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Perioperative measurement of urinary oxygen tension as a tool in the prevention of acute kidney injury?


Acute kidney injury (AKI) remains a common complication after cardiopulmonary bypass (CPB) and can be diagnosed by serum creatinine [1]. However, serum creatinine is an insensitive and nonspecific biomarker [2]. This study was designed to investigate whether a correlation exists between urinary oxygen tension (UOT) and early markers of AKI. The aim was to evaluate whether UOT could provide warning signs of an insufficient renal oxygen supply, which can lead to postoperative AKI.


Fourteen subjects undergoing cardiac surgery with CPB were included in this prospective clinical pilot study. UOT was measured perioperatively in all patients, both in the operating room (before, during and after CPB) and in the ICU. Biomarkers of AKI in blood and urine were measured preoperatively and postoperatively at 3, 6, 12 and 24 hours after the initiation of CPB. These included serum creatinine and the early urinary biomarkers kidney injury molecule-1 (KIM-1), neutrophil gelatinase-associated lipocalin (NGAL) and cystatin C. Student's t tests and Mann-Whitney tests were used to compare continuous variables.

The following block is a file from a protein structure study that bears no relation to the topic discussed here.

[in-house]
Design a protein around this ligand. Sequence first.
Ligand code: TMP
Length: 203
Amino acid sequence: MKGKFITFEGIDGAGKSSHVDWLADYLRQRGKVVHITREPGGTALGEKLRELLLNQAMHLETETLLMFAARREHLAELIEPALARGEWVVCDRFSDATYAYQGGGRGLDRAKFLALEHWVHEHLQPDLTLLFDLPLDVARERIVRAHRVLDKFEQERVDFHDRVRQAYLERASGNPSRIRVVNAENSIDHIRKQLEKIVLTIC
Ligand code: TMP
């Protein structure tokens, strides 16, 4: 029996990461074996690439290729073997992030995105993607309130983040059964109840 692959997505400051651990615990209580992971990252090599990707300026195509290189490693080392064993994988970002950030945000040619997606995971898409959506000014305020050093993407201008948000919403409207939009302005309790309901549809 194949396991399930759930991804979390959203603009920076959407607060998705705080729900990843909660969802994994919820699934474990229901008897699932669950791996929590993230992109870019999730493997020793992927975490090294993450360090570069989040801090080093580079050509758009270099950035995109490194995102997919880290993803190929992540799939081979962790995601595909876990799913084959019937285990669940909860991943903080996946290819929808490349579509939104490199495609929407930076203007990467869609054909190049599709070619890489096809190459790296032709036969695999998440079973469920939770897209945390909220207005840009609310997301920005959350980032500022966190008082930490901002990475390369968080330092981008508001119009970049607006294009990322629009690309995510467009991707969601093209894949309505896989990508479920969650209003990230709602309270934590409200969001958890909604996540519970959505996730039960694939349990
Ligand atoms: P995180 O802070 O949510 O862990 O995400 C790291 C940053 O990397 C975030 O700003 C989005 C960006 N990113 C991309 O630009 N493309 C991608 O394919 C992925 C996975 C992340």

There was a significant decrease in UOT between the start of CPB (138.44 ± 22.19 mmHg) and the lowest UOT during CPB (107.70 ± 23.28 mmHg) (P = 0.001). Dividing the subjects into two groups according to the Acute Kidney Injury Network (AKIN) classification, no significant differences were found in mean UOTs between the group of patients with a normal kidney function (n = 7) and the group with AKIN stage 1 or 2 (n = 7). For KIM-1, a significant difference between the two groups was found at 3 hours (P = 0.041) after the initiation of CPB. Further, for NGAL a significant increase in biomarker concentrations compared with the preoperative value was observed in the group with an AKIN stage 1 or 2 at all different postoperative time points (3 hours (P = 0.013), 6 hours (P = 0.003), 12 hours (P = 0.009) and 24 hours (P = 0.003)). On the contrary, there were no significant increased urinary NGAL levels measured in the group with the normal kidney function.


This pilot study was not able to demonstrate any association between perioperatively measured UOT and markers of postoperative AKI. Additional laboratory and clinical studies will be necessary to further define the relationship between the UOT and new biomarkers of AKI.


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Desteghe, L., Boer, W., Swennen, Q. et al. Perioperative measurement of urinary oxygen tension as a tool in the prevention of acute kidney injury?. Crit Care 18 (Suppl 1), P378 (2014).

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